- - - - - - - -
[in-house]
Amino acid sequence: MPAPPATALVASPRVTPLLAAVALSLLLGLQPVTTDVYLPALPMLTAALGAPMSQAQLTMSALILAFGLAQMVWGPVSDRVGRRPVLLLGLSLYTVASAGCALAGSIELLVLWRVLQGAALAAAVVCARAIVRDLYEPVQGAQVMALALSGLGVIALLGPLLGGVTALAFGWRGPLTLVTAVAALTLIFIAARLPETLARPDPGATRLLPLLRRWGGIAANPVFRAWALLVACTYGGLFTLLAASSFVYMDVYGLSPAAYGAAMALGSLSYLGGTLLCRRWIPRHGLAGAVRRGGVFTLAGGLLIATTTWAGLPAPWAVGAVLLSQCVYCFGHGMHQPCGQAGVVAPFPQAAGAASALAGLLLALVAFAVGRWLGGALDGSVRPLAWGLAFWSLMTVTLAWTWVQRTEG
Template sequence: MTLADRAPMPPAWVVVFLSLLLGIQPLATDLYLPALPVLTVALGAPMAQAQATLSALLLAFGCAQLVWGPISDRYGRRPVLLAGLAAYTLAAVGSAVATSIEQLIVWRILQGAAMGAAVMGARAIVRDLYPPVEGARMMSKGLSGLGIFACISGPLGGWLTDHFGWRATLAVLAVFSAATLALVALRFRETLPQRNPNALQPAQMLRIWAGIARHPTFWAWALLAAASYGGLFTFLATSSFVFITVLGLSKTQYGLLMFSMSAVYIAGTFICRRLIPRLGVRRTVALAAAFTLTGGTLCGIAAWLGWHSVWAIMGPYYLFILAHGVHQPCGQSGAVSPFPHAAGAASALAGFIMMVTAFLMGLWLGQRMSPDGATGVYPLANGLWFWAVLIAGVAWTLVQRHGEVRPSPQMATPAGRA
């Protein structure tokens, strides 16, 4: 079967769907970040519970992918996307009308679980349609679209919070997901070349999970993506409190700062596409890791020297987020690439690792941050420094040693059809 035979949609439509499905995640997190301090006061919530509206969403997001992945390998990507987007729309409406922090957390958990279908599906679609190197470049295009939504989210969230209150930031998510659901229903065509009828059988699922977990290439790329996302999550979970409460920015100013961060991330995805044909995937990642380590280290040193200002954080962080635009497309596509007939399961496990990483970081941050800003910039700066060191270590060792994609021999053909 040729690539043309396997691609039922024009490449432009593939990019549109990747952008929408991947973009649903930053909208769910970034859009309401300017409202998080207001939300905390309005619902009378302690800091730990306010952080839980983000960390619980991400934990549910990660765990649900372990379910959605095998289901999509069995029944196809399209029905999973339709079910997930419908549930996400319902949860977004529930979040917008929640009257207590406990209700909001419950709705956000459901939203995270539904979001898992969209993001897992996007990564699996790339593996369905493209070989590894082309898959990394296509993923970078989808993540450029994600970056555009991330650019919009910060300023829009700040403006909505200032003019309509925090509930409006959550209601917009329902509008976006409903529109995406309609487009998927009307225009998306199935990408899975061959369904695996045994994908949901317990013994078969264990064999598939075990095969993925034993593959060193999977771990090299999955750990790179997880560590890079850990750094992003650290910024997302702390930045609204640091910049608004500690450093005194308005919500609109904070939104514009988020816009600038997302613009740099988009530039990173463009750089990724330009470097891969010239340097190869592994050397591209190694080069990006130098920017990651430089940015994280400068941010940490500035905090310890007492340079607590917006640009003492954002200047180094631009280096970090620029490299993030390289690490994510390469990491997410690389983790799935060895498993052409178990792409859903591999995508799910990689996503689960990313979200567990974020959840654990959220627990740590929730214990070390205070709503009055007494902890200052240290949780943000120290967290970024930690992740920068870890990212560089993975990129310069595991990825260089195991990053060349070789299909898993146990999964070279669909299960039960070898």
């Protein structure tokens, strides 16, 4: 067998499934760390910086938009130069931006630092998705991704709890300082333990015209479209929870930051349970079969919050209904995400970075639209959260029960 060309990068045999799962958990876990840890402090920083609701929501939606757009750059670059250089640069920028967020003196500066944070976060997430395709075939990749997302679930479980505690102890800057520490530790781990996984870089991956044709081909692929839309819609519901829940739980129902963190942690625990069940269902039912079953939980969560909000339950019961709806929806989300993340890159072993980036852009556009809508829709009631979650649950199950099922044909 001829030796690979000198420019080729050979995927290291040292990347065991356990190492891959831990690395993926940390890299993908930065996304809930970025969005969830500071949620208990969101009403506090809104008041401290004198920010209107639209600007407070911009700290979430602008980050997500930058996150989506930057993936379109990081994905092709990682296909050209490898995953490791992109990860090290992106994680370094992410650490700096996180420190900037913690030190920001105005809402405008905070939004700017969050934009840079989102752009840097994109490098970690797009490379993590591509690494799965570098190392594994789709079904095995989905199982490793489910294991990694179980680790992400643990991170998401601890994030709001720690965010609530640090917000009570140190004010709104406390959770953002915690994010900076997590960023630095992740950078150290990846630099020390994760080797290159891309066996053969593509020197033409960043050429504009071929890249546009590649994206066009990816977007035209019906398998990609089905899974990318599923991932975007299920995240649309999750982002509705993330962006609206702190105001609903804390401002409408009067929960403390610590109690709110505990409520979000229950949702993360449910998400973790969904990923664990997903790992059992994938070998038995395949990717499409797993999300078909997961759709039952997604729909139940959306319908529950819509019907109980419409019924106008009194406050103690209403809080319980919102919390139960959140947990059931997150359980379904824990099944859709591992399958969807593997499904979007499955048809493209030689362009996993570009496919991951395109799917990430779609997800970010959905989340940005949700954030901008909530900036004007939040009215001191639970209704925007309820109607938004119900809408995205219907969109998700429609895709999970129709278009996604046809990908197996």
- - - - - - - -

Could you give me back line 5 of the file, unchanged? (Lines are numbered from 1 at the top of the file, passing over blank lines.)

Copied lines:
């Protein structure tokens, strides 16, 4: 067998499934760390910086938009130069931006630092998705991704709890300082333990015209479209929870930051349970079969919050209904995400970075639209959260029960 060309990068045999799962958990876990840890402090920083609701929501939606757009750059670059250089640069920028967020003196500066944070976060997430395709075939990749997302679930479980505690102890800057520490530790781990996984870089991956044709081909692929839309819609519901829940739980129902963190942690625990069940269902039912079953939980969560909000339950019961709806929806989300993340890159072993980036852009556009809508829709009631979650649950199950099922044909 001829030796690979000198420019080729050979995927290291040292990347065991356990190492891959831990690395993926940390890299993908930065996304809930970025969005969830500071949620208990969101009403506090809104008041401290004198920010209107639209600007407070911009700290979430602008980050997500930058996150989506930057993936379109990081994905092709990682296909050209490898995953490791992109990860090290992106994680370094992410650490700096996180420190900037913690030190920001105005809402405008905070939004700017969050934009840079989102752009840097994109490098970690797009490379993590591509690494799965570098190392594994789709079904095995989905199982490793489910294991990694179980680790992400643990991170998401601890994030709001720690965010609530640090917000009570140190004010709104406390959770953002915690994010900076997590960023630095992740950078150290990846630099020390994760080797290159891309066996053969593509020197033409960043050429504009071929890249546009590649994206066009990816977007035209019906398998990609089905899974990318599923991932975007299920995240649309999750982002509705993330962006609206702190105001609903804390401002409408009067929960403390610590109690709110505990409520979000229950949702993360449910998400973790969904990923664990997903790992059992994938070998038995395949990717499409797993999300078909997961759709039952997604729909139940959306319908529950819509019907109980419409019924106008009194406050103690209403809080319980919102919390139960959140947990059931997150359980379904824990099944859709591992399958969807593997499904979007499955048809493209030689362009996993570009496919991951395109799917990430779609997800970010959905989340940005949700954030901008909530900036004007939040009215001191639970209704925007309820109607938004119900809408995205219907969109998700429609895709999970129709278009996604046809990908197996």